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Supreme Court, Appellate Division, Third Department, New York.

IN RE: the ESTATE OF Elizabeth BONANNI, Deceased. Lucille B. Hirst, as Executor of the Estate of Elizabeth Bonanni, Deceased, Appellant; Louis Bonanni et al., Respondents.

Decided: May 21, 1998

Before MIKOLL, J.P., and CREW, YESAWICH, PETERS and CARPINELLO, JJ. Scheiberling, Rogan & Maney (John E. Maney, of counsel), Albany, for appellant. Biscone & Neri (John T. Biscone, of counsel), Albany, for respondents.

Appeal from an order of the Surrogate's Court of Albany County (Marinelli, S.), entered April 2, 1997, which, inter alia, granted respondents' motion for summary judgment declaring that decedent's estate has no interest in certain real property.

In September 1983, Elizabeth Bonanni (hereinafter decedent) executed a deed conveying property at 547 Park Avenue in the City of Albany to herself and her son, respondent Louis Bonanni, as joint tenants with right of survivorship.   On May 20, 1985, decedent's attorney was instructed to add the name of respondent Edith Bonanni, Louis Bonanni's wife, to the deed.   Decedent died on February 25, 1995.

After decedent's death, it was discovered that the 1985 deed to the Park Avenue property did not contain any survivorship language.   On February 10, 1996, petitioner, as executor of decedent's estate, filed a petition seeking leave to commence an action for partition of the Park Avenue property pursuant to SCPA 1901, claiming that the property was part of decedent's estate.   Respondents moved for summary judgment dismissing the petition and for a declaratory judgment to establish their status as surviving joint tenants and sole owners of the premises.   Following a hearing, Surrogate's Court, inter alia, found that the estate had no interest in the real property and granted respondents' motion.   This appeal by petitioner ensued.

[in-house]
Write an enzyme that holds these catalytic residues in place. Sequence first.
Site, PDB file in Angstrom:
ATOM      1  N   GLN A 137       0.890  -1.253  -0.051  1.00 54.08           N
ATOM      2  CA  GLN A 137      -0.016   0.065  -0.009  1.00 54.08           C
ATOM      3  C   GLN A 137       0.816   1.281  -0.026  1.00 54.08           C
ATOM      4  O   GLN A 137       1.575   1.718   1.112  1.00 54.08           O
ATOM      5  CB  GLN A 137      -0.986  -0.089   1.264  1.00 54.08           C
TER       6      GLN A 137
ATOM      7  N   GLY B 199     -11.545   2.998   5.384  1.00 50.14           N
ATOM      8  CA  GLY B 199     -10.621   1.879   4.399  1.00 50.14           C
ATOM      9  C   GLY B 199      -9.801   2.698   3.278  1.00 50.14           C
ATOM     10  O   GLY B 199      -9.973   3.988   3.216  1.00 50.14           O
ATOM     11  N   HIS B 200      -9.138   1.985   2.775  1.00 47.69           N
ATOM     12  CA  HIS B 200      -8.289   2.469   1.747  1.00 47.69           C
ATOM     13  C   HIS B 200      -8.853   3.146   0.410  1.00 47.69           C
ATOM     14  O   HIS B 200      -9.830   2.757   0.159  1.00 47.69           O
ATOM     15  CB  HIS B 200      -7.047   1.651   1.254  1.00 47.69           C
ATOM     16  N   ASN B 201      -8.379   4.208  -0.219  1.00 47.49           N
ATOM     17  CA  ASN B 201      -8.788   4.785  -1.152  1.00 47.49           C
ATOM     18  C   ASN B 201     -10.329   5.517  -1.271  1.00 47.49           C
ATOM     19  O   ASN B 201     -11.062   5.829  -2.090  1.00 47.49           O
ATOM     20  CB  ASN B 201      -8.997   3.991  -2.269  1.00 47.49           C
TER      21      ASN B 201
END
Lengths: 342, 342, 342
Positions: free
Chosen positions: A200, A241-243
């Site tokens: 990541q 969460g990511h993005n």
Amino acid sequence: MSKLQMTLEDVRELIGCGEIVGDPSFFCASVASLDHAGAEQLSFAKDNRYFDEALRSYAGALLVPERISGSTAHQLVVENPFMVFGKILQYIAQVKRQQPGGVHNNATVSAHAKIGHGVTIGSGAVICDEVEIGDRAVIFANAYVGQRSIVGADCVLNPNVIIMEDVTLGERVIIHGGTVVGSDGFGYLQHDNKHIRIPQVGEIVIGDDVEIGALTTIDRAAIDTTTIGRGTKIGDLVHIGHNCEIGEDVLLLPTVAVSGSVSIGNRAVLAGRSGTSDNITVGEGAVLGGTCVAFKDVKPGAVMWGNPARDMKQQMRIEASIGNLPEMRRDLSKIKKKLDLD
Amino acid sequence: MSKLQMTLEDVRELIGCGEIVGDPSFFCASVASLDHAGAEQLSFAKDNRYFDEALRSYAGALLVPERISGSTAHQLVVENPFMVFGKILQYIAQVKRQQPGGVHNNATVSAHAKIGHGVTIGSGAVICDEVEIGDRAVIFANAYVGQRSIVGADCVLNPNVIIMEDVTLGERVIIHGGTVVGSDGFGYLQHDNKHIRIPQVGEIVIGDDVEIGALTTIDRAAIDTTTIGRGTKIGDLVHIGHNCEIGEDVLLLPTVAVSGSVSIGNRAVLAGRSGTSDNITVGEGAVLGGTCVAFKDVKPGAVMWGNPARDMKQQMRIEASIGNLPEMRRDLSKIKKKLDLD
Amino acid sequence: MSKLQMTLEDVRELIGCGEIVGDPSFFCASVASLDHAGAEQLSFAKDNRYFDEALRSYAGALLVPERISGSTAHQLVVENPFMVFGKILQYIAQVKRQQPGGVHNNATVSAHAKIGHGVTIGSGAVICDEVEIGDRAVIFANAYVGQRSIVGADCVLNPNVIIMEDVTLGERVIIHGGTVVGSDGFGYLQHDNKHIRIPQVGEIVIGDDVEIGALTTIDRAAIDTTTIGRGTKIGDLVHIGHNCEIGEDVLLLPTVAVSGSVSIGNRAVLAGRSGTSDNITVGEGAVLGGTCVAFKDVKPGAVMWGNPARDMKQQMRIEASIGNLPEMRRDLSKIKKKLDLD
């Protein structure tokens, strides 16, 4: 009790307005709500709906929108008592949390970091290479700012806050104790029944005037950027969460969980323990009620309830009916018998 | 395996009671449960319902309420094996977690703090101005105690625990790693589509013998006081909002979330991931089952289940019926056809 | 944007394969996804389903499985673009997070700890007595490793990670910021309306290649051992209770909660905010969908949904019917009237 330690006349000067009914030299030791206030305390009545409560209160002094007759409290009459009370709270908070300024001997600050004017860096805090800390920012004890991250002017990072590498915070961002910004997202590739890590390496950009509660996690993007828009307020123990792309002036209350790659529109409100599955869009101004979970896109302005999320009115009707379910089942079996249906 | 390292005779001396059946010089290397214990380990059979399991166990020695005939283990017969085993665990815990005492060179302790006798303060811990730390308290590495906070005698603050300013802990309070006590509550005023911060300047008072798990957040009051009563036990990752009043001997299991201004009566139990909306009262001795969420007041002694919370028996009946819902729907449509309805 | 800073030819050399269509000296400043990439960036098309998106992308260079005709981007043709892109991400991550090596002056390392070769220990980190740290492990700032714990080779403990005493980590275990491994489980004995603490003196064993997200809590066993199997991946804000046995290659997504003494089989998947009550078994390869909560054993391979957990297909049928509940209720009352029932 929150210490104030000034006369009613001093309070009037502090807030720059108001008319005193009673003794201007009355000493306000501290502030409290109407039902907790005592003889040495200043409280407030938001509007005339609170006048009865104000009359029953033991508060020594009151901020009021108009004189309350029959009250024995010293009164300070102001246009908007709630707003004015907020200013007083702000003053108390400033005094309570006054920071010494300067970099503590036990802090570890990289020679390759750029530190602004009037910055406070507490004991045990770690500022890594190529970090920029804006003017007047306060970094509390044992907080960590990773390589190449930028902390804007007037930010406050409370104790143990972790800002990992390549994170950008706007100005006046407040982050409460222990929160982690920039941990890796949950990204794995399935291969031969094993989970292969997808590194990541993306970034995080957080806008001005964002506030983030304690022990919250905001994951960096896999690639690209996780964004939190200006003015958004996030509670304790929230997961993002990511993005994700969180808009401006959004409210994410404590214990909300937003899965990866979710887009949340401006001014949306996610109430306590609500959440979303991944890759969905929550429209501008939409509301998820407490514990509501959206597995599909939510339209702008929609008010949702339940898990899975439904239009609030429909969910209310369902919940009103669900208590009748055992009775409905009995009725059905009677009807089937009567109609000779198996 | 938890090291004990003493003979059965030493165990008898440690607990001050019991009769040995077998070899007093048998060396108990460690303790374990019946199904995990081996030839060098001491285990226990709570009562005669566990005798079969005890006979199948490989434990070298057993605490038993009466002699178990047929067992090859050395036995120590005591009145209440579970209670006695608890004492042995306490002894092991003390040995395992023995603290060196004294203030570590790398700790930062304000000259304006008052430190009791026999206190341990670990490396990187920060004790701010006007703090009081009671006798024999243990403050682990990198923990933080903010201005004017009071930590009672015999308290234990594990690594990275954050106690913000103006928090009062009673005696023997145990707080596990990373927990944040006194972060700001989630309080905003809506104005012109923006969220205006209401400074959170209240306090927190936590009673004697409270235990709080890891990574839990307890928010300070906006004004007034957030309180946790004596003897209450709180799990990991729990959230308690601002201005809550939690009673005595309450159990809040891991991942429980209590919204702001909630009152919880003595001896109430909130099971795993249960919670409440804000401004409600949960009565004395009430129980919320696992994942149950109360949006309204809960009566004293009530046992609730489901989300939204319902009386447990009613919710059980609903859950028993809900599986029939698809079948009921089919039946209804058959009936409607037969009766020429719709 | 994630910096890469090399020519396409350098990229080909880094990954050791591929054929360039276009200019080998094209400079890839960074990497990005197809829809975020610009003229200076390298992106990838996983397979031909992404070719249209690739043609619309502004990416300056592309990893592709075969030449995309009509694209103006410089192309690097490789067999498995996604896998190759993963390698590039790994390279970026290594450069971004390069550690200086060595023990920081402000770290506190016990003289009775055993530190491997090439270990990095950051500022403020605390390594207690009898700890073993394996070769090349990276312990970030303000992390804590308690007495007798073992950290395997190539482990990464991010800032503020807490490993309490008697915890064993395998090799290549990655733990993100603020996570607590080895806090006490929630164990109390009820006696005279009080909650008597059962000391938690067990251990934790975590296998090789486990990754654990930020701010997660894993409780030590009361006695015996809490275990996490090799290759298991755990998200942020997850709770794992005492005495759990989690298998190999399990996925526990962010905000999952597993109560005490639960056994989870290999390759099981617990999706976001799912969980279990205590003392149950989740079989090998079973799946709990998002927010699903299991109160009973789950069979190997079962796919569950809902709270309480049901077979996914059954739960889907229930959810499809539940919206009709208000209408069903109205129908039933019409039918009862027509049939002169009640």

“A disposition of property to two or more persons creates in them a tenancy in common, unless expressly declared to be a joint tenancy” (EPTL 6-2.2 [a] ).  In order to overcome this heavy presumption, “a correspondingly high order of evidence is required” demonstrating a clear and convincing intent to create a joint tenancy (Matter of Vadney, 193 A.D.2d 994, 994-995, 598 N.Y.S.2d 357, affd. 83 N.Y.2d 885, 886, 612 N.Y.S.2d 375, 634 N.E.2d 976).   In this case, David Bacon, the attorney who drafted the 1985 deed, testified that he received oral instructions to add Edith Bonanni's name to the deed and “do nothing more”.   According to Bacon, there were no instructions or discussions about changing the right of survivorship as expressed in the 1983 deed.   Bacon testified that through his own oversight he neglected to copy the right of survivorship language from the 1983 deed.   Louis Bonanni testified that in changing the deed, he and decedent only intended to add his wife's name and not change anything else.   He also testified that he and decedent read the deed only to the extent of insuring that Edith Bonanni's name had been added.   In addition, respondents admitted into evidence decedent's will dated May 20, 1985, wherein her entire estate was bequeathed to respondents.

We reject petitioner's contention that it was error for Surrogate's Court to consider decedent's will dated May 20, 1985 and, in any event, petitioner failed to object to its admission at the hearing.   In view of the foregoing, we find sufficient evidence to support the finding that in executing the 1985 deed, decedent intended to continue the joint tenancy when adding Edith Bonanni's name and that survivorship language manifesting such intent was mistakenly omitted from the deed through the oversight of Bacon (see, Matter of Vadney, supra;  Matter of Levinsky, 23 A.D.2d 25, 258 N.Y.S.2d 613, lv. denied 16 N.Y.2d 484, 264 N.Y.S.2d 1026, 211 N.E.2d 654;  cf., Amend v. Hurley, 293 N.Y. 587, 59 N.E.2d 416).

ORDERED that the order is affirmed, without costs.

PETERS, Justice.


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